Frankel is mindful of not putting either car into the Sussex circuit’s banking, but that doesn’t mean he isn’t still able to experience either car’s considerable aerodynamic capabilities.
“It’s obviously not a track where Group C cars ever competed, but with its long, flowing high speed corners it’s a natural fit for such a car,” he continues.
“Once you’ve got a feel for the way the controls want to work, the car is utterly reassuring from the outset. Unlike a Jaguar Group C car, which needs watching both while braking into and accelerating away from corners, the 956 seems instantly on your side. You feel everything through the steering which writhes gently around in your hands while it lets you pick your apexes with pinpoint accuracy.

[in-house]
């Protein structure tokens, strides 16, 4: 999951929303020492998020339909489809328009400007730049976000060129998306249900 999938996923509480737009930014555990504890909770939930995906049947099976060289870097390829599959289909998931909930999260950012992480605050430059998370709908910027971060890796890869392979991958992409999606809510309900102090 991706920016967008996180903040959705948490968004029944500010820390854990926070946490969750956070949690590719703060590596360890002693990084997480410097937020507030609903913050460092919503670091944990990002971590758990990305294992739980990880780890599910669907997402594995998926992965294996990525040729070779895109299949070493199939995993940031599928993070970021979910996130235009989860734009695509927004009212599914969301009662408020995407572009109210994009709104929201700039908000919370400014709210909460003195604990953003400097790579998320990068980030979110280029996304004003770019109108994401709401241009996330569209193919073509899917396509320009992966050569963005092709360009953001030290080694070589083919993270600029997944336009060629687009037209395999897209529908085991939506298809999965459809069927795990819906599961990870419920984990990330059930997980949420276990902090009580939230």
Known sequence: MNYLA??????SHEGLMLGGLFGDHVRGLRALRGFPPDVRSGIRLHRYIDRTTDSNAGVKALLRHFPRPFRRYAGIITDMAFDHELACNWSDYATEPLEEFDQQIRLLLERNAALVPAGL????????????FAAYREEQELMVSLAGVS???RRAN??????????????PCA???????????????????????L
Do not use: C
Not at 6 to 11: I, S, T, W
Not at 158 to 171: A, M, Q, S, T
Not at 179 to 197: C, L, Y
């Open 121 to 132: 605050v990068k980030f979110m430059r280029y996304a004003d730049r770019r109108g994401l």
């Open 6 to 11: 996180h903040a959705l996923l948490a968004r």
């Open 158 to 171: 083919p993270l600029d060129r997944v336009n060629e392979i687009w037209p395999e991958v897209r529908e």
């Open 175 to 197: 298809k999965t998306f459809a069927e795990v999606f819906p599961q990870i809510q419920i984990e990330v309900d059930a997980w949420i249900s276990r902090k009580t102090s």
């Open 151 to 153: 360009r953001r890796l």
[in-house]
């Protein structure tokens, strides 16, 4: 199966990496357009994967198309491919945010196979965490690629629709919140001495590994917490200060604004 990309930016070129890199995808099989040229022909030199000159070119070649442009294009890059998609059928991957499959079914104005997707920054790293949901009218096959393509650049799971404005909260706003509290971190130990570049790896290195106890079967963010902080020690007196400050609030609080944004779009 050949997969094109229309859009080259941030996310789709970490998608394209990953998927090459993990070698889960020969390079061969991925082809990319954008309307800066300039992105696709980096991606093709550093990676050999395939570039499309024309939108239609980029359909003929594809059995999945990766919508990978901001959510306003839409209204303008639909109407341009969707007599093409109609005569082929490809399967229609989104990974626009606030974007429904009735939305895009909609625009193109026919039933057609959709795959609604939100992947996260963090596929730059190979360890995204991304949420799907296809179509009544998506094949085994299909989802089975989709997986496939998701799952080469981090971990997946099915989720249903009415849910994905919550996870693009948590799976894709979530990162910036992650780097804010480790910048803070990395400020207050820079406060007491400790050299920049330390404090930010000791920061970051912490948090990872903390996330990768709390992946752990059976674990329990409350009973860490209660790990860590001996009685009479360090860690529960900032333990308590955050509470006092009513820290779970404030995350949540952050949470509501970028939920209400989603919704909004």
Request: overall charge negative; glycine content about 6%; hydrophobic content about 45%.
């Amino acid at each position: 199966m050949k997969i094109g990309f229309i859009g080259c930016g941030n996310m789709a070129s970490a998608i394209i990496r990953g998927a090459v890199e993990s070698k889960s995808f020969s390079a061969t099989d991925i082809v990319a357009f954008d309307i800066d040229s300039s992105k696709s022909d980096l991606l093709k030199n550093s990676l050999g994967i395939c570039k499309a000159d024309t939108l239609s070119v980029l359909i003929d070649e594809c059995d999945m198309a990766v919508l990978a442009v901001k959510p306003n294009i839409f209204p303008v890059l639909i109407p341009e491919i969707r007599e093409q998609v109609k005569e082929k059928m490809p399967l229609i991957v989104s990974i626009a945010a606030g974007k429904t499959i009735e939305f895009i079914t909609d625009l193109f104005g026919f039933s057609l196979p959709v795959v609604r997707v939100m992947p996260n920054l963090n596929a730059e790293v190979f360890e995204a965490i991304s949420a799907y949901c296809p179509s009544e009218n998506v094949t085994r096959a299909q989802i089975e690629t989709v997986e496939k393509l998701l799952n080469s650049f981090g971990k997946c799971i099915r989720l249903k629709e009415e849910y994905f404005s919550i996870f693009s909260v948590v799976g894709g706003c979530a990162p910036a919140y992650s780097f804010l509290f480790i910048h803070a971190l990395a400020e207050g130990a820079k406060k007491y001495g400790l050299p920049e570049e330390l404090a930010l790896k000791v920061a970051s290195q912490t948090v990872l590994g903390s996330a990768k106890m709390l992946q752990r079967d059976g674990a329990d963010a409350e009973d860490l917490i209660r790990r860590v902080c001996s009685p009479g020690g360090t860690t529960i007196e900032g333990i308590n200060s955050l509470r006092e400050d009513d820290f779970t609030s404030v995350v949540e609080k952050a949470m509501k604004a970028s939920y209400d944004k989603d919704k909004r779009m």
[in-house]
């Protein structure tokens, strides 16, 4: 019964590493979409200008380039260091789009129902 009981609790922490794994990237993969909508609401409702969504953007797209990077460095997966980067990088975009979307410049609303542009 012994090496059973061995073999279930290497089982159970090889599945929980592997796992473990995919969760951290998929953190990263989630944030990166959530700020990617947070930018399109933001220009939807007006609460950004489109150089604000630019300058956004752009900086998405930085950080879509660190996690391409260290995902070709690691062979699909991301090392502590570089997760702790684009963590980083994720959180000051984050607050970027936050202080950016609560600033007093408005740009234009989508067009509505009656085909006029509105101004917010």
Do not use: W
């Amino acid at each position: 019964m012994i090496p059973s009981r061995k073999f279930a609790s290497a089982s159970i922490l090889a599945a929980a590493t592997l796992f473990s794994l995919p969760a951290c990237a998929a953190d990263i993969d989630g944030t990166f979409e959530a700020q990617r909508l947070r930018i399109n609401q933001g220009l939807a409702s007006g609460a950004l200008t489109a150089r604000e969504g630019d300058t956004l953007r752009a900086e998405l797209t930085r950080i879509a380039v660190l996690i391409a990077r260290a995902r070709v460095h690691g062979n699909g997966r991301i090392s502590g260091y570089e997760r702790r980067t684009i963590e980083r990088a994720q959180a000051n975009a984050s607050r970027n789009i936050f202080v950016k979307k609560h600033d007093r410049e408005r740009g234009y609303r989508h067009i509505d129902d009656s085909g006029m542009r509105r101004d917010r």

“The overall gearing is high which means that first is actually a proper gear which might even have been used for maximum thrust away from Arnage or Mulsanne, while fifth will take you to 230mph and beyond.
“And what does that feel like? Well if I tell you its power-to-weight ratio even in this trim is more than twice that of Porsche’s current sports car flagship, the 911 Turbo S, you will appreciate that here is a car that will accelerate in a manner that even those experienced with some of the fastest supercars could even conceive.”
An incredible experience behind the wheel then, but one coming from a car which is no less breathtaking to look at than it is to drive.
|Read the full drive in the July issue of Motor Sport|